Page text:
P.S. I think it would be very interesting if some of your friends that happen to be Jewish would post on this blog and give their take on the whole situation. D.

#2 I was surprised to hear you say that you may take some pleasure in some of these people's loses ("the show-offs")... I'm wondering if you feel that these sort of sentiments make it difficult for you to stay objective both now as well as when you researched and wrote your book. D.

#3 Also, it's surprising that Donald Trump declining being prominently featured in your book. He appears to love publicity ("there is no such thing as over exposure") ... So why not thought your book? I'm wondering if you have any idea or at least theory as to why he declined? D.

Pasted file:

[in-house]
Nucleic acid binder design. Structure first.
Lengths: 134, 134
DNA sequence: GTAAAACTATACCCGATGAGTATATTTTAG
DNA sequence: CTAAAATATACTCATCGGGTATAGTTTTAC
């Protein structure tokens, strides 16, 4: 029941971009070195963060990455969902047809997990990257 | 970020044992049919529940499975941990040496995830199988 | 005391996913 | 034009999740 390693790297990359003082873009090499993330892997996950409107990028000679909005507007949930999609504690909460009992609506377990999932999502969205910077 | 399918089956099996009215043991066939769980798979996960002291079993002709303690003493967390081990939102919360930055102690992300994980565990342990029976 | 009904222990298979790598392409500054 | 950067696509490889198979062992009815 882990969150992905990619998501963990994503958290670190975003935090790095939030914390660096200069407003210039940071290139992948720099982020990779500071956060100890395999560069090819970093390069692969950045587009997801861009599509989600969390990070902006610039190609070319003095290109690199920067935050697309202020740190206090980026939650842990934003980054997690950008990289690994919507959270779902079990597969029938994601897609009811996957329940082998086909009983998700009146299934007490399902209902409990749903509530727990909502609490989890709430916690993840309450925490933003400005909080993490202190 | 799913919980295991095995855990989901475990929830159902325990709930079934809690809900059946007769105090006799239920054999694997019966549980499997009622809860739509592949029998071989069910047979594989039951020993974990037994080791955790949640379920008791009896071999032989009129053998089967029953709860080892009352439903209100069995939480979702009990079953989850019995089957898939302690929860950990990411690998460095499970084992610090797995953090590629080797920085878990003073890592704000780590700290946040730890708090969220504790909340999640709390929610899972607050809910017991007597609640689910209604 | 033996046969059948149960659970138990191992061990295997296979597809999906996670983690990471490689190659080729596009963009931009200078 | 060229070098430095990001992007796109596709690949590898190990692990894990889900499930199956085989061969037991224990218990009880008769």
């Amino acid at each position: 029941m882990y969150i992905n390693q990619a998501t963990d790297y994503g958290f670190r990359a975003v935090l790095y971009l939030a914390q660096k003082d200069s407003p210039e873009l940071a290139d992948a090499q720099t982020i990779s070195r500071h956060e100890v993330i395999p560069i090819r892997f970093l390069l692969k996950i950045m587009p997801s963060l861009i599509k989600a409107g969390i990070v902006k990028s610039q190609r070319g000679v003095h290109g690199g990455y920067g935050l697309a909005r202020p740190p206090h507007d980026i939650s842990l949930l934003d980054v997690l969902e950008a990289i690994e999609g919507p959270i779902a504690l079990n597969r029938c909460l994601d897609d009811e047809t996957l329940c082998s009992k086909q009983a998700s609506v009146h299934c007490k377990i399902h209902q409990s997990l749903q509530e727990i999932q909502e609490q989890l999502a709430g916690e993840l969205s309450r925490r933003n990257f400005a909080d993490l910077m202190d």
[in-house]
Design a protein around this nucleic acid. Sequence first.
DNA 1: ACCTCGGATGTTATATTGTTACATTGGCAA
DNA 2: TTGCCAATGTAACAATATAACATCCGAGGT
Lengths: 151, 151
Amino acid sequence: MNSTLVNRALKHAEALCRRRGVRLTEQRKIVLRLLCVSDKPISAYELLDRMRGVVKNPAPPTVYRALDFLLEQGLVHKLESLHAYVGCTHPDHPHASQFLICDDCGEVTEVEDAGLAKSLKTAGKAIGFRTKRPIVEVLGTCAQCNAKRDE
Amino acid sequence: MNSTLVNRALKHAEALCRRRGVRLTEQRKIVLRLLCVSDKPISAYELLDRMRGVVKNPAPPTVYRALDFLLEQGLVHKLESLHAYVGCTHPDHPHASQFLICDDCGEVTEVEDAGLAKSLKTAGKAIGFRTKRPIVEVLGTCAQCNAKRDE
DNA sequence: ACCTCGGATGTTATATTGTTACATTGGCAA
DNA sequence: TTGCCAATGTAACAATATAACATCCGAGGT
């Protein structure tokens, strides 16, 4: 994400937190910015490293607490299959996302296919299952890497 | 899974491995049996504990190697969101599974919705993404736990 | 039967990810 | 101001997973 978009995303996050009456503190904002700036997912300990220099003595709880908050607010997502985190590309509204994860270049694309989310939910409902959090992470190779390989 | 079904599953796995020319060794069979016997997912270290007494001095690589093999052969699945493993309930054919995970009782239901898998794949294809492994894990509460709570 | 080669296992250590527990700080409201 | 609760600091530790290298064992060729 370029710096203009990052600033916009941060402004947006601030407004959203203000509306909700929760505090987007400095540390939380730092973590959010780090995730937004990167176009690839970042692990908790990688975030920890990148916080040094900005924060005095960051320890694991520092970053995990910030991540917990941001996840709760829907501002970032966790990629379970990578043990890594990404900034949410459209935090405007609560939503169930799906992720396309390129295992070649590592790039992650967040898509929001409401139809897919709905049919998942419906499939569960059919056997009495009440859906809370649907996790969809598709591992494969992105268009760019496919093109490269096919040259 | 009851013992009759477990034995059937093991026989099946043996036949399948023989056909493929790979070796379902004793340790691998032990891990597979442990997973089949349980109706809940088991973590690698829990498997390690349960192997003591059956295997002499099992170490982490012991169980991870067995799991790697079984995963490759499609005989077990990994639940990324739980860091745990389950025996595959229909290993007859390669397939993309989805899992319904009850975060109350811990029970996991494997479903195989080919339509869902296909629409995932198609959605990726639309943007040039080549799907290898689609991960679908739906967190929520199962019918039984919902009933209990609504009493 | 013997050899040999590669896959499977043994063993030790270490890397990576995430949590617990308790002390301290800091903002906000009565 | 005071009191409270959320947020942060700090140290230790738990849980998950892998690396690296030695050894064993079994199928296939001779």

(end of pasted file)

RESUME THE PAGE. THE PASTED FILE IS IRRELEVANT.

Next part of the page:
Good questions. First of all "Reversal of Fortune" was not my title. My title was "Bernard Madoff and the Jews of Boston." But magazine editors have a right to choose the titles and subtitles and edit the piece. In fact, it ended up about half of what I wrote, narrowly focused on Boston. Even thouh it's not my title, maybe I'm dense by why is the title "Reversal of Fortune" possibly anti-Semetic. It seems to me to be an accurate rendering of what happened to Madoff's victims. When I said I took a certain amusement when a billionaire loses a hundred million dollars, I was thinking of one specific Palm Beach man. He and his wife are obnoxious to the extreme. I have a story I did not use in my book about how his wife attempted to have her interior decorator falsely arrested for theft. I dont admire such behavior and I don't think I'm less objective because I refuse to condone it. The reason Donald Trump didn't talk to me is that my publisher said he was over exposed and didn't want him in the book. When I told him that he went up the wall. By the way he told my wife he likes Madness. He said he didn't like the way he was portrayed but he thought I did right by his club. As far as my Jewish friends commenting, they can if they want but I'm not going to ask anybody to make specific comments.